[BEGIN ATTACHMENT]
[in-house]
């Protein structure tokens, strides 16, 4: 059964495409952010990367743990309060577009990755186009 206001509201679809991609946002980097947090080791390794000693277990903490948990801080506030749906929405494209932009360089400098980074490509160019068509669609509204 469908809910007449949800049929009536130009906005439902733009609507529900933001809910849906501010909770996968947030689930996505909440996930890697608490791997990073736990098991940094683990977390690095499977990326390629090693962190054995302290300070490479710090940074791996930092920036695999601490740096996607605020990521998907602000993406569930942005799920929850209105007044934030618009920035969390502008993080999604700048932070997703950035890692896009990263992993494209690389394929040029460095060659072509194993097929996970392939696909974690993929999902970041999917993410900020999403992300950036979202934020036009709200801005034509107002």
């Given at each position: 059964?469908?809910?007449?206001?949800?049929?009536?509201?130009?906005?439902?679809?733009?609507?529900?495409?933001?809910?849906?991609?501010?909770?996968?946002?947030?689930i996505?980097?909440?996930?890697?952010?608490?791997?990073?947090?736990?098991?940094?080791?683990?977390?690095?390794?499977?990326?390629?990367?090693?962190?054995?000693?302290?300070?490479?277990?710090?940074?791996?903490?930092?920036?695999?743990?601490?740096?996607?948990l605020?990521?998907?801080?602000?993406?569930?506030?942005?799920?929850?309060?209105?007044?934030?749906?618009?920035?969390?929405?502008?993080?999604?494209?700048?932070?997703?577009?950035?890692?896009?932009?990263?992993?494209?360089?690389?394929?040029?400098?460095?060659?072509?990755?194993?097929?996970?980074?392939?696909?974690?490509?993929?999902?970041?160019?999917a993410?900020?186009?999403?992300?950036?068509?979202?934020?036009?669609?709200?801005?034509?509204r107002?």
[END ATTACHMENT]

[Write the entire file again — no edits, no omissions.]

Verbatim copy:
[in-house]
């Protein structure tokens, strides 16, 4: 059964495409952010990367743990309060577009990755186009 206001509201679809991609946002980097947090080791390794000693277990903490948990801080506030749906929405494209932009360089400098980074490509160019068509669609509204 469908809910007449949800049929009536130009906005439902733009609507529900933001809910849906501010909770996968947030689930996505909440996930890697608490791997990073736990098991940094683990977390690095499977990326390629090693962190054995302290300070490479710090940074791996930092920036695999601490740096996607605020990521998907602000993406569930942005799920929850209105007044934030618009920035969390502008993080999604700048932070997703950035890692896009990263992993494209690389394929040029460095060659072509194993097929996970392939696909974690993929999902970041999917993410900020999403992300950036979202934020036009709200801005034509107002």
């Given at each position: 059964?469908?809910?007449?206001?949800?049929?009536?509201?130009?906005?439902?679809?733009?609507?529900?495409?933001?809910?849906?991609?501010?909770?996968?946002?947030?689930i996505?980097?909440?996930?890697?952010?608490?791997?990073?947090?736990?098991?940094?080791?683990?977390?690095?390794?499977?990326?390629?990367?090693?962190?054995?000693?302290?300070?490479?277990?710090?940074?791996?903490?930092?920036?695999?743990?601490?740096?996607?948990l605020?990521?998907?801080?602000?993406?569930?506030?942005?799920?929850?309060?209105?007044?934030?749906?618009?920035?969390?929405?502008?993080?999604?494209?700048?932070?997703?577009?950035?890692?896009?932009?990263?992993?494209?360089?690389?394929?040029?400098?460095?060659?072509?990755?194993?097929?996970?980074?392939?696909?974690?490509?993929?999902?970041?160019?999917a993410?900020?186009?999403?992300?950036?068509?979202?934020?036009?669609?709200?801005?034509?509204r107002?």